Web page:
In this article from Taiwan, Kuo et al.  showed that the union rate was 100 percent after the application of ESWT twelve months from initial surgery (8 out of 8 patients), and 42.9 percent when applied after twelve months (6 out of 14 patients). This study albeit small is very encouraging for this difficult condition of atrophic nonunion. It also showed that ESWT could be followed by additional surgeries without any adverse effects. Atrophic nonunion is due to compromised vascularity, and ESWT through its neovascularization effect facilitates bony union.
This original paper on radial shock wave treatment in patients with plantar heel pain by Rompe et al.  is significant as it validates the successful use of radial as compared to focused shock waves. It also shows that a simple programme of manual stretching exercises after ESWT produces significantly better results at four months after initial therapy.
The blasting of urinary and biliary calculi is purely mechanical but low energy shock waves have shown a mechanotransduction effect on the biochemistry of the cell. This has helped us to understand the healing powers of ESWT in various tissues. Cheng and Wang  acknowledge that the biological mechanism of shock waves in bone is still unknown. In this review they cite many studies on the molecular basis of bone healing, improvement of osteonecrosis and osteochondrogenesis. Shock waves do not induce cracks or micro damage the bone. ESWT may replace surgery for nonunion of long bone fractures without the surgical risks.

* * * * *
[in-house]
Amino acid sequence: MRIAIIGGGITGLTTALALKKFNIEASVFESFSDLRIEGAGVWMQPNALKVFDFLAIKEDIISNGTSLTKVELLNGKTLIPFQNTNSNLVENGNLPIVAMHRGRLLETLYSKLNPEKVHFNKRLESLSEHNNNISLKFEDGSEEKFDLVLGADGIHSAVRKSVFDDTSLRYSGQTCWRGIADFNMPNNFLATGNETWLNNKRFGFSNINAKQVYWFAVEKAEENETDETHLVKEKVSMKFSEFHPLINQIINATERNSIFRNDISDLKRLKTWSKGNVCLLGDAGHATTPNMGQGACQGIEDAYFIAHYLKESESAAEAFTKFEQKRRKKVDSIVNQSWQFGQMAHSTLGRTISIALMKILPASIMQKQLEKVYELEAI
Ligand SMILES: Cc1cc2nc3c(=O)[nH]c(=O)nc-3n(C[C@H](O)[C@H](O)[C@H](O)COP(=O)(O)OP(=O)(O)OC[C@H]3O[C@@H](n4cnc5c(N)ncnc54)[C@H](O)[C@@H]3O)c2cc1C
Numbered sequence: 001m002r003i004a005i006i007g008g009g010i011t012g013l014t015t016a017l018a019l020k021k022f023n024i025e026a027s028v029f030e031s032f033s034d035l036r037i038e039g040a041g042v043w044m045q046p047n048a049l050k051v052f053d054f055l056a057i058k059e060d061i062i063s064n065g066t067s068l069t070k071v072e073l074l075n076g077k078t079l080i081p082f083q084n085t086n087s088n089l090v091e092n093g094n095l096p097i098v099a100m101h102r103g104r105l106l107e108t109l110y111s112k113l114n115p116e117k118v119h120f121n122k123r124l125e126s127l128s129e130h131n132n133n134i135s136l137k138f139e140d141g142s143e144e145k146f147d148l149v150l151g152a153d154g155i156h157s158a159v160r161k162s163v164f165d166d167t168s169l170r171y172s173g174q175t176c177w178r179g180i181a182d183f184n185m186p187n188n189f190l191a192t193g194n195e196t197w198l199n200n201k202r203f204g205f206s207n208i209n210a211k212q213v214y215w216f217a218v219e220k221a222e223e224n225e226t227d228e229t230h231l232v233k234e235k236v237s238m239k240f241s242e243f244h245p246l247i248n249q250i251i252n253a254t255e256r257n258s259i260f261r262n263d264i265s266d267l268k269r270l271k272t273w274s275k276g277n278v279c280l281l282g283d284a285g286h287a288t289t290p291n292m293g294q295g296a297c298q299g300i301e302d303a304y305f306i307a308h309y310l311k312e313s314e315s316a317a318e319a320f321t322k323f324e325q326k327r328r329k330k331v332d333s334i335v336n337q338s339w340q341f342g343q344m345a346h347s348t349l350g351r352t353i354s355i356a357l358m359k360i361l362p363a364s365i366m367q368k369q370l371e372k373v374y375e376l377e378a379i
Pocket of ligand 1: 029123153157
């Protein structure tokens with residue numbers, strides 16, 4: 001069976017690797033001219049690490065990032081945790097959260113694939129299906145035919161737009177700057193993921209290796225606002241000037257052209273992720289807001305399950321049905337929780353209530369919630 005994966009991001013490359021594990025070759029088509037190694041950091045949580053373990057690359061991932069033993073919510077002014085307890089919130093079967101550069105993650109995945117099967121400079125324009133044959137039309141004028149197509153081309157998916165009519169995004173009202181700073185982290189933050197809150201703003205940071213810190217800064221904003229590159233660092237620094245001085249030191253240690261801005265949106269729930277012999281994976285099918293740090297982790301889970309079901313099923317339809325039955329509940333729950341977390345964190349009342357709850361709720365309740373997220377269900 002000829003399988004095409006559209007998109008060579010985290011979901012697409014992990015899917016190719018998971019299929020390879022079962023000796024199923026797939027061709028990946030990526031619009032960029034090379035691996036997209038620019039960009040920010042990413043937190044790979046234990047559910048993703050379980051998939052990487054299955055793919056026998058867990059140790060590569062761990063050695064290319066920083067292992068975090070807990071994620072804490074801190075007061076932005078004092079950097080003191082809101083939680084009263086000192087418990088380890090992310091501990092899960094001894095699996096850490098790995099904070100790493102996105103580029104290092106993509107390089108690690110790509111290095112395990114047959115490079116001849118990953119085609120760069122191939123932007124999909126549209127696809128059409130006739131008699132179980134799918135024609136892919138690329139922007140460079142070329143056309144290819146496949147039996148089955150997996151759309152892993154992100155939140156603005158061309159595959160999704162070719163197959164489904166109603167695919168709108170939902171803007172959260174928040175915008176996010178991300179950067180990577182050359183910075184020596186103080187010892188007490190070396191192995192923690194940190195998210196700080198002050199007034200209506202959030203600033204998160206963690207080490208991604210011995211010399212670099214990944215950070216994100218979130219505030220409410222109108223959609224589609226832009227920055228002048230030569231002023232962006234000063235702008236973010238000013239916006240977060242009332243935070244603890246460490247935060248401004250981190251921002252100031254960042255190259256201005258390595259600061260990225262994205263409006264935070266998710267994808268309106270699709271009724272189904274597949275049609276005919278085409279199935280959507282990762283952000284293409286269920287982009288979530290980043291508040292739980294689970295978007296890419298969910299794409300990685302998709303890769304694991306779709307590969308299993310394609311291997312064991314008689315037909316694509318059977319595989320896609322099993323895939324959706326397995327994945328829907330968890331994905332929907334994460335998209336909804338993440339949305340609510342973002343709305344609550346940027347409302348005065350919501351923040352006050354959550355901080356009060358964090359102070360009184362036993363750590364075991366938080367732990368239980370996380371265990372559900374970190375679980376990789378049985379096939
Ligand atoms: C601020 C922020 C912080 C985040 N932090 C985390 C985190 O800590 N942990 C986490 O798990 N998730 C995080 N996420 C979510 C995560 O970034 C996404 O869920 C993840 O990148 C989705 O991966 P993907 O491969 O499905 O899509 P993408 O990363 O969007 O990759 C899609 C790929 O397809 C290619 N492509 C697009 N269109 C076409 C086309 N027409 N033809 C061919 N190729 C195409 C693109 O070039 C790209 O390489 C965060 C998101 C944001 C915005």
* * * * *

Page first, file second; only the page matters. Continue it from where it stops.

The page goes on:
The review by d’Agostino et al.  traces the history of ESWT to its present status, where the concept of mechanotransduction helps us to understand why acoustic waves can lead to tendon and bone healing. This article and its many references will help us to understand how ESWT is a healing procedure.